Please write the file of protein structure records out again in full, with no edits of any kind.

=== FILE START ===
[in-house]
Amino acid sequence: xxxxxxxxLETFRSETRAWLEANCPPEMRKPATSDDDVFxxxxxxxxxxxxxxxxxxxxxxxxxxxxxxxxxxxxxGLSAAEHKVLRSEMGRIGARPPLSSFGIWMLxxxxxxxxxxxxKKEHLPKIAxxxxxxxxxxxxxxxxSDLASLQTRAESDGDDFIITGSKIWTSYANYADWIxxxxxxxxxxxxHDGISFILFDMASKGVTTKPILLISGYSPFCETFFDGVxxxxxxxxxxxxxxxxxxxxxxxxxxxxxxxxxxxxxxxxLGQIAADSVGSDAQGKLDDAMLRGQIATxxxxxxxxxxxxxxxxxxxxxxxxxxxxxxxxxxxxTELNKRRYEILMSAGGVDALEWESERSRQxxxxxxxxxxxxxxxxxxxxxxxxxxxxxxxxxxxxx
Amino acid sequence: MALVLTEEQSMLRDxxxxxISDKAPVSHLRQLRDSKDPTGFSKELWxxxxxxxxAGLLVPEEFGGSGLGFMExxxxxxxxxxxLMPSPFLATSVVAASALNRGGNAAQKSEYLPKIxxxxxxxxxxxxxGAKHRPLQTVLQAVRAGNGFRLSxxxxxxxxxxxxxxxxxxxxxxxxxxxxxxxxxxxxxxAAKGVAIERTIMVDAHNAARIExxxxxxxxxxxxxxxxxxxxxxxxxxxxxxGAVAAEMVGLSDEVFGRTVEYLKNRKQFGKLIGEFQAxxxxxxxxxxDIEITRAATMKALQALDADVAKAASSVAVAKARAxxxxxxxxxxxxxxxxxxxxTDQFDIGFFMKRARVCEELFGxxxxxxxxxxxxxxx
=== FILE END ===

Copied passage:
[in-house]
Amino acid sequence: xxxxxxxxLETFRSETRAWLEANCPPEMRKPATSDDDVFxxxxxxxxxxxxxxxxxxxxxxxxxxxxxxxxxxxxxGLSAAEHKVLRSEMGRIGARPPLSSFGIWMLxxxxxxxxxxxxKKEHLPKIAxxxxxxxxxxxxxxxxSDLASLQTRAESDGDDFIITGSKIWTSYANYADWIxxxxxxxxxxxxHDGISFILFDMASKGVTTKPILLISGYSPFCETFFDGVxxxxxxxxxxxxxxxxxxxxxxxxxxxxxxxxxxxxxxxxLGQIAADSVGSDAQGKLDDAMLRGQIATxxxxxxxxxxxxxxxxxxxxxxxxxxxxxxxxxxxxTELNKRRYEILMSAGGVDALEWESERSRQxxxxxxxxxxxxxxxxxxxxxxxxxxxxxxxxxxxxx
Amino acid sequence: MALVLTEEQSMLRDxxxxxISDKAPVSHLRQLRDSKDPTGFSKELWxxxxxxxxAGLLVPEEFGGSGLGFMExxxxxxxxxxxLMPSPFLATSVVAASALNRGGNAAQKSEYLPKIxxxxxxxxxxxxxGAKHRPLQTVLQAVRAGNGFRLSxxxxxxxxxxxxxxxxxxxxxxxxxxxxxxxxxxxxxxAAKGVAIERTIMVDAHNAARIExxxxxxxxxxxxxxxxxxxxxxxxxxxxxxGAVAAEMVGLSDEVFGRTVEYLKNRKQFGKLIGEFQAxxxxxxxxxxDIEITRAATMKALQALDADVAKAASSVAVAKARAxxxxxxxxxxxxxxxxxxxxTDQFDIGFFMKRARVCEELFGxxxxxxxxxxxxxxx